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Security officers accused of abuse of rights in Jonglei

By Deng Ghai Deng

Security officers have been accused by some residents of harassing and abusing the rights of civilians in Jonglei state.

A resident who preferred to be identified as Mary for fear of reprisals from the security forces claimed that the security personnel have been targeting people wearing dreadlocks, miniskirts and tights dresses including jeans accusing them of belonging to youth gangs known for drinking, fighting and public nudity saying that she was shocked by the action.

“It’s my right or our right as young people to dress the way we like, It’s a married woman who can wear tall dresses like the way her husband want,but we should wear the way we want so that out men could see and say that is the lady walking there,”Mary said 

Mary questioned any South Sudanese law that does not specify what immoral or indecent dressing.

She said that the police in the area have been verbally reprimanding women, whipping, arresting and detaining them for perceived infractions such as; not covering their thighs or chests in public.

Another resident who preferred to be identified as Marial said that he felt disappointed when the authorities dictated what to or what not to wear because dress code could not determine who you are and he asked the police to think twice.

“Human rights should be respected and dressing in a certain way does not make you a criminal, I am not happy with the way young people are being treated and I want the authorities to revisit their decision.” Marial said

Brigadier General Ajak Ayuen Mach, the Head of the Joint Operations Force which was leading the crackdown on gangs in Bor town admitted that he was implementing what he called a request by the community leaders to restore what they saidwas degenerating traditional culture of the people of Bor.

“I was mandated by the community that young women and girls have been noticed to have been dressing indecently and that they want to destroy our culture and So, I took that as part of the mission to work out.”Mach said

 General Mach denied allegations that his forces were harassing civilians saying he only arrested those who resisted advice and his instructions on decent dressing and took them to  barracks for questioning and further advice.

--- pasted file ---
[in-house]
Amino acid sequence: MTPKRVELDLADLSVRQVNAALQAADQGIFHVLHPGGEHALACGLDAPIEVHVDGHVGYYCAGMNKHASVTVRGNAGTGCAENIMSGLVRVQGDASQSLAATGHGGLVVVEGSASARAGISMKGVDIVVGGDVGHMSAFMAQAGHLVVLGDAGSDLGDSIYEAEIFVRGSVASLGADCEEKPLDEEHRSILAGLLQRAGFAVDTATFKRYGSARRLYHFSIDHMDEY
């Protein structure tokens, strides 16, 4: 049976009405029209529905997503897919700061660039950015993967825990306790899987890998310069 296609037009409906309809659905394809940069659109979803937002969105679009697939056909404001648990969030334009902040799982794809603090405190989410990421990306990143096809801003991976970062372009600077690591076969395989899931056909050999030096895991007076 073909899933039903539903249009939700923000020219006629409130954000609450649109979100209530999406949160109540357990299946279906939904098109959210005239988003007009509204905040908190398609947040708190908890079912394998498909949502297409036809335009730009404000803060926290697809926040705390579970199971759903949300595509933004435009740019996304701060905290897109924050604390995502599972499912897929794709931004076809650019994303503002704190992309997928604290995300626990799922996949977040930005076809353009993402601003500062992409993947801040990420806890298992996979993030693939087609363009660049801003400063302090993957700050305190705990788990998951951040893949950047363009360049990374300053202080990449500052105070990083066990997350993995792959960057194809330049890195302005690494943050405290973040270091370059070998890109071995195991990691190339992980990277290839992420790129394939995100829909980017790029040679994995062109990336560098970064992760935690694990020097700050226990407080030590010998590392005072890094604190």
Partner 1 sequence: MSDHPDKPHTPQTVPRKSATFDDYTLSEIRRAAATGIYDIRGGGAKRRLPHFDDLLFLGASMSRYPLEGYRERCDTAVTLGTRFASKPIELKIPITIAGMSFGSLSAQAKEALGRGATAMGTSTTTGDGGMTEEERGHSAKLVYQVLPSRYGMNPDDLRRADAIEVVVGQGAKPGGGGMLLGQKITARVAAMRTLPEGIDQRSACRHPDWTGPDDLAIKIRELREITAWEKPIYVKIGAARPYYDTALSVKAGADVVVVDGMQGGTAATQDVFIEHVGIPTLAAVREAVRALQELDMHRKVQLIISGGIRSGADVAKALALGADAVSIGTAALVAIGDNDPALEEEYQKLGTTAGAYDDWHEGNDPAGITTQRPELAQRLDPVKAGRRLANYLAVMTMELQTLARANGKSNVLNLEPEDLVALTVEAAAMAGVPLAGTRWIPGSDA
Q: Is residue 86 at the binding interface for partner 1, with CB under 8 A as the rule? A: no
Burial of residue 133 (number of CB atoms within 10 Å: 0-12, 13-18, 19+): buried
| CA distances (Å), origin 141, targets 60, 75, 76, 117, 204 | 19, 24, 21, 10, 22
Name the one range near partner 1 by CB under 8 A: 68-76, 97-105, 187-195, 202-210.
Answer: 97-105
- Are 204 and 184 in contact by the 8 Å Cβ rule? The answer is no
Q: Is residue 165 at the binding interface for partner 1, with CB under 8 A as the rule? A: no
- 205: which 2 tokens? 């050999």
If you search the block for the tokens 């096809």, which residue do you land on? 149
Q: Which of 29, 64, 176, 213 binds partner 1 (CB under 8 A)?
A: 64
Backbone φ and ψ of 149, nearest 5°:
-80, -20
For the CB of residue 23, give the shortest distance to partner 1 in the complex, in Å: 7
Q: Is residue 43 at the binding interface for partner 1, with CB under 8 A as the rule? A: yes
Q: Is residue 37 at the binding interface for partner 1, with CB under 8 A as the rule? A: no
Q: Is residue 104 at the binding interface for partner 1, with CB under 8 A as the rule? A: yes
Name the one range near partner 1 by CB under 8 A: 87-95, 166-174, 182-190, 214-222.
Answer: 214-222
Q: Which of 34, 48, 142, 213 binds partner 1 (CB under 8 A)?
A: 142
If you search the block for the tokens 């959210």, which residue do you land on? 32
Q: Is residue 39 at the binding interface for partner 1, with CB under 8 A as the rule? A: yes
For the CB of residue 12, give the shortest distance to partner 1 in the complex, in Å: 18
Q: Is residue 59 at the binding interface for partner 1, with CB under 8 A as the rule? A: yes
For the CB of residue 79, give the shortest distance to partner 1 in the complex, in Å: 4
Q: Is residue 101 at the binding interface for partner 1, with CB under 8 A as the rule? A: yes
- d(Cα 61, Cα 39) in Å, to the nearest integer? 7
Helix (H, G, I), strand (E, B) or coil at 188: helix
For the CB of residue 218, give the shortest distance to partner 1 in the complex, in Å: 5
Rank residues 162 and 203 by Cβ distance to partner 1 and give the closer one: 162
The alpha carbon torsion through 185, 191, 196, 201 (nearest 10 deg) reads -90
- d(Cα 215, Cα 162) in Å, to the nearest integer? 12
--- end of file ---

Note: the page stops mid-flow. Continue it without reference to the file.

“There are few women, that when they talk out of point, we take them to our barrack to tell them that you have to change this cloth and put on long dress. We do nothing else. If they called home and a new cloth is brought, they change and we let them go. We have never beaten any women one day. We are restoring the culture but we are doing it peacefully.” General Mach added

General Mach said women were expected to dress in a way that covers their body with clothes that were not see-through or tight-fitting, as it is considered that showing parts of their body was a factor which couldlead to sexual immorality.

Simon Manyok Deng, the Jonglei state advisor on Human Rights said problems came when some international laws pertaining to liberty and choice of dress contradict local customs. but Deng urged the security forces to respect the fundamental human rights of the civilians when implementing civil law and order.

“The agents enforcing laws should beat the people; they should not harass them but talk to them nicely, politely because they want to do something for the betterment of the community. But if you resist [or] or you try to fight them they have right to protect themselves. All in all, in our laws it’s not allowed for law enforcement agents to beat or to harass or practice anything out of law.” Deng said

 Bol Deng Bol, a civil society activist with the Bor-based advocacy group Intrepid South Sudan said everyone has the rights to freedom of expression and freedom to manifest their religion or beliefs under international human rights law. Bol said hence the general rule entail that all people should be free to choose what – and what not – to wear.

“The general who was put to spearhead this operation was to look for gangs and of course had a description of who would be a crew member, how the crew should look like. But not to generalise everybody who had deadlocks on the streets or every lady wearing miniskirts and perceive them as criminals. They have gone overboard.  That is the case in point here. It’s not right, people have freedom to wear what they would like to wear.” Bol said

Activist Bol urged Jonglei government officials to create an environment free of illegal coercion and ensure every individual person expresses their beliefs or personal convictions or identity without interference.

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